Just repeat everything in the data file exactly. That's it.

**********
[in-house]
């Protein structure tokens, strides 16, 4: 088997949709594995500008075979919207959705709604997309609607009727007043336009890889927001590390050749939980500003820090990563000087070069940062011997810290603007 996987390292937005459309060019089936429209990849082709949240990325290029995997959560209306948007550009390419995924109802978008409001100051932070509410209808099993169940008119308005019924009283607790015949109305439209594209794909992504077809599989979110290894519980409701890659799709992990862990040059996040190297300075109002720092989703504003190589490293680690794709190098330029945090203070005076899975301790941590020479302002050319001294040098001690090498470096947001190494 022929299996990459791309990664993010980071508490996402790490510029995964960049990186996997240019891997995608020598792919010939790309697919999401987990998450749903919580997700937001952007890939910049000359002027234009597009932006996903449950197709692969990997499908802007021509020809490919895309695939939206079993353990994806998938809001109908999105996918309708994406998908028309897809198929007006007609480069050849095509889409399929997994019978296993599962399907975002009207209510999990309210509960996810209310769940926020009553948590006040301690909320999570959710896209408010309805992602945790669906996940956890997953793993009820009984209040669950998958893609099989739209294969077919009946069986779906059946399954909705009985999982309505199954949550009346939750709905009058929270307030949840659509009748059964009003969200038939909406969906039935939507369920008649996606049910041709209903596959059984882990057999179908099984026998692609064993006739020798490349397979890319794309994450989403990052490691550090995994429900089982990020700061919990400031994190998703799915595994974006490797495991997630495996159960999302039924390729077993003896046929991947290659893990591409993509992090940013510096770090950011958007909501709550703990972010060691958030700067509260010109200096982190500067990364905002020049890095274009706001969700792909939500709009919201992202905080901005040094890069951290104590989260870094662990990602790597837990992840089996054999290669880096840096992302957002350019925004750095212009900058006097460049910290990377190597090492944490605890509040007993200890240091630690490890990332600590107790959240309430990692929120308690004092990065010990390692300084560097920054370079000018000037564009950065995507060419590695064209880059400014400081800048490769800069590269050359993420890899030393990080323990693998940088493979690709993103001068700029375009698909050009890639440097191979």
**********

[in-house]
């Protein structure tokens, strides 16, 4: 088997949709594995500008075979919207959705709604997309609607009727007043336009890889927001590390050749939980500003820090990563000087070069940062011997810290603007 996987390292937005459309060019089936429209990849082709949240990325290029995997959560209306948007550009390419995924109802978008409001100051932070509410209808099993169940008119308005019924009283607790015949109305439209594209794909992504077809599989979110290894519980409701890659799709992990862990040059996040190297300075109002720092989703504003190589490293680690794709190098330029945090203070005076899975301790941590020479302002050319001294040098001690090498470096947001190494 022929299996990459791309990664993010980071508490996402790490510029995964960049990186996997240019891997995608020598792919010939790309697919999401987990998450749903919580997700937001952007890939910049000359002027234009597009932006996903449950197709692969990997499908802007021509020809490919895309695939939206079993353990994806998938809001109908999105996918309708994406998908028309897809198929007006007609480069050849095509889409399929997994019978296993599962399907975002009207209510999990309210509960996810209310769940926020009553948590006040301690909320999570959710896209408010309805992602945790669906996940956890997953793993009820009984209040669950998958893609099989739209294969077919009946069986779906059946399954909705009985999982309505199954949550009346939750709905009058929270307030949840659509009748059964009003969200038939909406969906039935939507369920008649996606049910041709209903596959059984882990057999179908099984026998692609064993006739020798490349397979890319794309994450989403990052490691550090995994429900089982990020700061919990400031994190998703799915595994974006490797495991997630495996159960999302039924390729077993003896046929991947290659893990591409993509992090940013510096770090950011958007909501709550703990972010060691958030700067509260010109200096982190500067990364905002020049890095274009706001969700792909939500709009919201992202905080901005040094890069951290104590989260870094662990990602790597837990992840089996054999290669880096840096992302957002350019925004750095212009900058006097460049910290990377190597090492944490605890509040007993200890240091630690490890990332600590107790959240309430990692929120308690004092990065010990390692300084560097920054370079000018000037564009950065995507060419590695064209880059400014400081800048490769800069590269050359993420890899030393990080323990693998940088493979690709993103001068700029375009698909050009890639440097191979």